We're now almost done with our stay in Quito, Ecuador, and so many great things have happened that it's hard to list them all. We took Spanish lessons, learned about the project we will be doing with Yanapuma, toured a water treatment plant, and took salsa lessons.
One of my favorite activities came on Thursday morning, when we toured Quito's historic district. We saw a church that took 160 years to construct (it was gilded all over, which prompted Katherine to wonder, "How many people would Jesus have fed with the money it took to build this place?"), and at lunch, I ate cow's tongue (it tasted pretty much like regular beef) and had a delicious drink called Ponche. The best experience, though, was when we climbed the Basilica del Voto, a huge gothic cathedral built in 1892.
The architecture was amazing, but the first interesting moment for me came when I saw the door:
It's not the best quality photograph, but the engraving depicts a robed Spaniard blessing (and presumably converting) a kneeling Native American. Kinda says it all, doesn't it?
Anyway, we climbed up to the very top of the bell tower, which had an amazing view:
We could see buses and cars, as well as dozens of uniformed schoolchildren scattered in courtyards across the city. In the background of the second picture, you can see a few of the amazing mountains that surround Quito. The city is built far up onto their slopes.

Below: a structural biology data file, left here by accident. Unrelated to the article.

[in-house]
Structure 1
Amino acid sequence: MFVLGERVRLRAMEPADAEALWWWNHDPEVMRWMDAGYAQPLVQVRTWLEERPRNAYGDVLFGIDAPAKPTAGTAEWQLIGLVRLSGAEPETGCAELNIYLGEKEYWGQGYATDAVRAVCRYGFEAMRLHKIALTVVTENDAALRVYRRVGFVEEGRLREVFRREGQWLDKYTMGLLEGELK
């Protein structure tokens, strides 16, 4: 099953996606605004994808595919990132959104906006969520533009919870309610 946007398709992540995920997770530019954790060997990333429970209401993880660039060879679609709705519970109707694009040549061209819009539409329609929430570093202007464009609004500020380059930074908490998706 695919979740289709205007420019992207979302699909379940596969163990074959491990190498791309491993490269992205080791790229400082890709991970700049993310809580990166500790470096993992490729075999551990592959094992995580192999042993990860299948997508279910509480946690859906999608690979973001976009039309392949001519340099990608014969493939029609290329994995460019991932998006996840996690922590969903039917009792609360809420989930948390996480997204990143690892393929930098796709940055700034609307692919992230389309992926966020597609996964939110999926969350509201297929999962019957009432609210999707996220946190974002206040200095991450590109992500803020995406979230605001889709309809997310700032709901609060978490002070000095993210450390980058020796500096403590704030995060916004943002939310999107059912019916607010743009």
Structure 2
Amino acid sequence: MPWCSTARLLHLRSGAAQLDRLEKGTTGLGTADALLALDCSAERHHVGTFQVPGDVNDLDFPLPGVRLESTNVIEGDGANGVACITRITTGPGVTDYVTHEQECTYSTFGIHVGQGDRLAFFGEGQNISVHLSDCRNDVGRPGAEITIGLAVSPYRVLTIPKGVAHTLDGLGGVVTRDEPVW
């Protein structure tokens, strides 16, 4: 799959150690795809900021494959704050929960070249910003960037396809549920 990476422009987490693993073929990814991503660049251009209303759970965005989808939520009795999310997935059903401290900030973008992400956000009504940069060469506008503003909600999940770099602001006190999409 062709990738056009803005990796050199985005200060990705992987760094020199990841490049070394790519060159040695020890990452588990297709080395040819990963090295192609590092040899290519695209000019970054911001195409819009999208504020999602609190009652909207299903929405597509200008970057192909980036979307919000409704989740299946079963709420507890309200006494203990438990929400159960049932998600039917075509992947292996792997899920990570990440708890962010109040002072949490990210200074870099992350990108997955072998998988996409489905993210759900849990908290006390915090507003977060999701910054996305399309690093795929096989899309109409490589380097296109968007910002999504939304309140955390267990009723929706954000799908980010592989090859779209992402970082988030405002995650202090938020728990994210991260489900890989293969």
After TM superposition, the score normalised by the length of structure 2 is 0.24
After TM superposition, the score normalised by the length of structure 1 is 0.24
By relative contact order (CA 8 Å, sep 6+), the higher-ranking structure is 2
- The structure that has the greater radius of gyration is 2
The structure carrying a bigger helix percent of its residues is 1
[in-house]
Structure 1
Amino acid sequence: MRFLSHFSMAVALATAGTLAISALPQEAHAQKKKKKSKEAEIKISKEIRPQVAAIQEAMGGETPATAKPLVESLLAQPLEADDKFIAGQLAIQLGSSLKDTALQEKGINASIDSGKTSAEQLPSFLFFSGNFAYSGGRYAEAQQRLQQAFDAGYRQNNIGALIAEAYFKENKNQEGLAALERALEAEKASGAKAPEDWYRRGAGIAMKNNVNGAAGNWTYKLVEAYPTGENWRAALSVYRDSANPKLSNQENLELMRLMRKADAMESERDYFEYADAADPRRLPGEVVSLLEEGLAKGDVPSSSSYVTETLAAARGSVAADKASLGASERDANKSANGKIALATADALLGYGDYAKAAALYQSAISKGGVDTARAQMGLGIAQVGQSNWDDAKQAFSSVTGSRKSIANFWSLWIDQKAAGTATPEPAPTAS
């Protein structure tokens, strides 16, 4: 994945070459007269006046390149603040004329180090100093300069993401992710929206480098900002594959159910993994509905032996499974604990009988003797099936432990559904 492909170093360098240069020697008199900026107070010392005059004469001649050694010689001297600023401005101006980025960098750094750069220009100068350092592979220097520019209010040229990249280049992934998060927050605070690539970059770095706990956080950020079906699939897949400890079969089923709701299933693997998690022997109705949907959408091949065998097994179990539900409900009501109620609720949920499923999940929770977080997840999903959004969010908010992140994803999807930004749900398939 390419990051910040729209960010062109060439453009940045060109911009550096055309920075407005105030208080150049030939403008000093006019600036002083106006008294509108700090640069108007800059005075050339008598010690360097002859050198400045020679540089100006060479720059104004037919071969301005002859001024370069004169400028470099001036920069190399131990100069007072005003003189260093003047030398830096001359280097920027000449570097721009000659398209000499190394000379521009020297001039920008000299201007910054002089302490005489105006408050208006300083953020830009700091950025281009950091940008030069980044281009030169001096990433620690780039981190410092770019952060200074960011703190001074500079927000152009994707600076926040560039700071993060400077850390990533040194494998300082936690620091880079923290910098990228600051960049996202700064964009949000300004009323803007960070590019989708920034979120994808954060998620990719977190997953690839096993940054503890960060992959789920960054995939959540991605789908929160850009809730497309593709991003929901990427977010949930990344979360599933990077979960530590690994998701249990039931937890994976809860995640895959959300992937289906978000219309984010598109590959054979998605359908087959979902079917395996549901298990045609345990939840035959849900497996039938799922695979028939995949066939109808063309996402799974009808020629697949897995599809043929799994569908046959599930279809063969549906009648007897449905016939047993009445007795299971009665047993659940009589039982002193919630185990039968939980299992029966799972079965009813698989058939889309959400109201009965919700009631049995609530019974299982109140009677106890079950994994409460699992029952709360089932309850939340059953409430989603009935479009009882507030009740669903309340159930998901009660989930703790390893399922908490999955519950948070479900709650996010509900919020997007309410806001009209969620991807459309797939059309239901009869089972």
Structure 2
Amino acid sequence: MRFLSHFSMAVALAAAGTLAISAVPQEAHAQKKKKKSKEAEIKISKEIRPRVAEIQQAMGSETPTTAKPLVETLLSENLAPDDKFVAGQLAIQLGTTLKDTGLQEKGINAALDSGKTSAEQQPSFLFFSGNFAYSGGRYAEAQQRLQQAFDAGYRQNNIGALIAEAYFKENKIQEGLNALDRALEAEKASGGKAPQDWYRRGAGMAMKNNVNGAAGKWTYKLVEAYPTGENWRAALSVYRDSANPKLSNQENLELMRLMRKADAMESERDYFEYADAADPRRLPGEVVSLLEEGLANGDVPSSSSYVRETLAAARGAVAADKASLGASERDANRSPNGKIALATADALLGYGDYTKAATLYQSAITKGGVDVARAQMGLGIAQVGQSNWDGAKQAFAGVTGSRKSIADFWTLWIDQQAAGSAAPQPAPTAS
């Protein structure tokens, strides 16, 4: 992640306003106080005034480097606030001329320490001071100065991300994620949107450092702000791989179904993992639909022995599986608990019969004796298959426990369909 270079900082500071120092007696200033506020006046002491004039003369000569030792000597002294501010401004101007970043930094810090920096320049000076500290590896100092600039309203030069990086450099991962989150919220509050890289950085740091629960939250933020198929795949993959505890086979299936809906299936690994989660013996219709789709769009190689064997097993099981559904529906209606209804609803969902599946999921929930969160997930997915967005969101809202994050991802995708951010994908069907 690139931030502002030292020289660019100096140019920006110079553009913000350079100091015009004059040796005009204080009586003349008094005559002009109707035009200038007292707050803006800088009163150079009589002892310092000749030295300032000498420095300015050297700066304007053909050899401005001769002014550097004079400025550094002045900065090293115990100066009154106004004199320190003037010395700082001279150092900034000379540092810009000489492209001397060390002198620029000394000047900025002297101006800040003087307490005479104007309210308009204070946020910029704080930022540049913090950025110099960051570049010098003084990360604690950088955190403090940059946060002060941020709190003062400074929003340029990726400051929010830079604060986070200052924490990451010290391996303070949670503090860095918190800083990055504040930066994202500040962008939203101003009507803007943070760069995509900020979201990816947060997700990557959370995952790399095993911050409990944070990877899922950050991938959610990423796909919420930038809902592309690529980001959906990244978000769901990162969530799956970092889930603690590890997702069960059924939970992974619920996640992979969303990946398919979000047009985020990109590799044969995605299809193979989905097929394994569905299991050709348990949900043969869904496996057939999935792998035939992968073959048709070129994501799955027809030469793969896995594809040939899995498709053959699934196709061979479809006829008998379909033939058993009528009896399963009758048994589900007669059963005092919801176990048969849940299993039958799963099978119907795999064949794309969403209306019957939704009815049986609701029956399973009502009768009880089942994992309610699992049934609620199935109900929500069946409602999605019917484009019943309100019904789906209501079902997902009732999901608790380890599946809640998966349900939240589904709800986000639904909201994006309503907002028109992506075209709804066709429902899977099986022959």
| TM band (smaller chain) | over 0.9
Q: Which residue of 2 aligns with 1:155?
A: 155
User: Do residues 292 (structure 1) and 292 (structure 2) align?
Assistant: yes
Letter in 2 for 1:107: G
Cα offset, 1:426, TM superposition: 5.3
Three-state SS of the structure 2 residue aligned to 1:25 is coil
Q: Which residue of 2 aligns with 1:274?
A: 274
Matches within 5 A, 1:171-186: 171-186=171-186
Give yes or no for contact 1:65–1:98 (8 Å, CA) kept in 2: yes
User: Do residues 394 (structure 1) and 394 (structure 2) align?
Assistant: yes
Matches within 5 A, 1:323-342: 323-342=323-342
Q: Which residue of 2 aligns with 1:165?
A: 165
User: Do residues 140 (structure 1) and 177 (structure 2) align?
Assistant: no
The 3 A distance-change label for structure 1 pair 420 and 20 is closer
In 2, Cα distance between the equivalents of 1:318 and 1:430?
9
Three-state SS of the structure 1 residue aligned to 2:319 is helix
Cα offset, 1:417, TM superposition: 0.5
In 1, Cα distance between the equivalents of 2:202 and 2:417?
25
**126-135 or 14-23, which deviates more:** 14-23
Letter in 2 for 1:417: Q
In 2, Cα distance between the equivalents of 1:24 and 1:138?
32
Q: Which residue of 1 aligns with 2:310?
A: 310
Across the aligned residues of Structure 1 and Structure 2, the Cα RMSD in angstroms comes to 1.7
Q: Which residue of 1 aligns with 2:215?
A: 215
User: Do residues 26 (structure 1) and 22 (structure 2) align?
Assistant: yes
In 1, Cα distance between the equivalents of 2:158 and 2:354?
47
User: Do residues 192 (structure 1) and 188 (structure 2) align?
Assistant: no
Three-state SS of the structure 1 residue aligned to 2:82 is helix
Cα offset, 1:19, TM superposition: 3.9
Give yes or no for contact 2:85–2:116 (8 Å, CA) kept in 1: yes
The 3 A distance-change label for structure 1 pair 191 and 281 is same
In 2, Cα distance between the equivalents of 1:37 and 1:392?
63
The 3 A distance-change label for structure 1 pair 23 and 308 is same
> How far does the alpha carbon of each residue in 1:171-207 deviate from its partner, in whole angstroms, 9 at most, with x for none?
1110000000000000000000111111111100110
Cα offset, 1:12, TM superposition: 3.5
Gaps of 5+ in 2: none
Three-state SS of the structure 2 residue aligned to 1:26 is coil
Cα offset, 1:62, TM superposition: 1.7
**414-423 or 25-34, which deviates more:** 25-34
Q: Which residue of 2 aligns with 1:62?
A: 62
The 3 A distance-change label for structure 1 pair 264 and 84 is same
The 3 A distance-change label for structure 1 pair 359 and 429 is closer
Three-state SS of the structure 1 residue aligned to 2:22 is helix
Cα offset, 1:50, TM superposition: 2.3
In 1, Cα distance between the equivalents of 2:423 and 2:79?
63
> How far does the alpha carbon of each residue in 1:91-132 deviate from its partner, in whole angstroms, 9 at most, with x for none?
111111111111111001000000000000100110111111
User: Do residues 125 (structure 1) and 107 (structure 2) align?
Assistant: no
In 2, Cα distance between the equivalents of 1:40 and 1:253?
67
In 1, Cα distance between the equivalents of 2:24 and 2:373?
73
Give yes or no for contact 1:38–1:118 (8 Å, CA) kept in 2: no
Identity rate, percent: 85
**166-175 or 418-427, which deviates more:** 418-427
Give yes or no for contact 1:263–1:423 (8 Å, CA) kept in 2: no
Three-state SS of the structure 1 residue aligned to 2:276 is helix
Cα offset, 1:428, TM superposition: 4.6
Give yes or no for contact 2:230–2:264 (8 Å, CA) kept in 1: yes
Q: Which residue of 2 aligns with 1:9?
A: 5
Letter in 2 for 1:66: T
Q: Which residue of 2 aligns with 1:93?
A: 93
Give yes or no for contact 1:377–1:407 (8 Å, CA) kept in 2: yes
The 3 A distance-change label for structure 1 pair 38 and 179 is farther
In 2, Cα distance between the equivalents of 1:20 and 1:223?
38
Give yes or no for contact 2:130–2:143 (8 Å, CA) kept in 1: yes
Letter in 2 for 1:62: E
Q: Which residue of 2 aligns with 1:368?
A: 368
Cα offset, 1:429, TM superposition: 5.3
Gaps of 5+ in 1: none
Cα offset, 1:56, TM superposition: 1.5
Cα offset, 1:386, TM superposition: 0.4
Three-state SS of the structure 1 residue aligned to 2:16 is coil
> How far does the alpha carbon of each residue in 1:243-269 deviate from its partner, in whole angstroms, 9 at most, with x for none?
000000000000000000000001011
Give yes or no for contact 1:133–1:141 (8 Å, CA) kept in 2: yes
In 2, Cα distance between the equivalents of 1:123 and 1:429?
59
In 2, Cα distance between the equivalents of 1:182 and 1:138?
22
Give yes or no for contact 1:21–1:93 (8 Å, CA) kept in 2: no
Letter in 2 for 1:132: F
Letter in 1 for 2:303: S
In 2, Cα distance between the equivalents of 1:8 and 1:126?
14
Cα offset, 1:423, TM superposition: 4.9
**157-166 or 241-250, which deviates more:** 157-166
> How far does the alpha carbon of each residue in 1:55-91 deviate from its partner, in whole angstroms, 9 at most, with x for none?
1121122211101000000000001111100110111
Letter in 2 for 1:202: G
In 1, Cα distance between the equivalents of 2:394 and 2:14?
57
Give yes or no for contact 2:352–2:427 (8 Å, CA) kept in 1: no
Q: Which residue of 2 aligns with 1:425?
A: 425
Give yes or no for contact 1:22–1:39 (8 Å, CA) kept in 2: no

The bell tower at the cathedral was covered in interesting graffiti. Climbing to the top of the Basilica was definitely an exertion (there was an elevator, but that's not for hardcore TBB types like us), so I got to wondering: when they've hiked up all those steps, what do people write?
Some folks just went for the classics:
Jose, Sanoy were here 1999
While others just admired the view:
There were languages from many places...
But love, of course, is universal:
You are the light that illuminates my life, you are the best of woman, I love you.
Fat man, I love you. From black girl.
("Gordo" and "negro" are sometimes used as terms of endearment in Ecuador!)
Quite a few inscriptions had an artistic flair:
And some were funny:
Spotted two-thirds of the way up: "From here he didn't attempt to climb any farther."
While some were sad:
"These nights when you are not here... (something I don't know) I feel terrible."
Here's one for my mom, who hates misplaced apostrophes.
And here's one that just caught my eye.
Anyway, tomorrow we are leaving Quito to head out to the Tsachila village where we will be spending the next few weeks. We won't have internet access, and even sending postcards might be iffy, but if you email me when I'm there I will absolutely respond when I get back. As they say in Ecuador, ciao!
(No, really. They say that here.)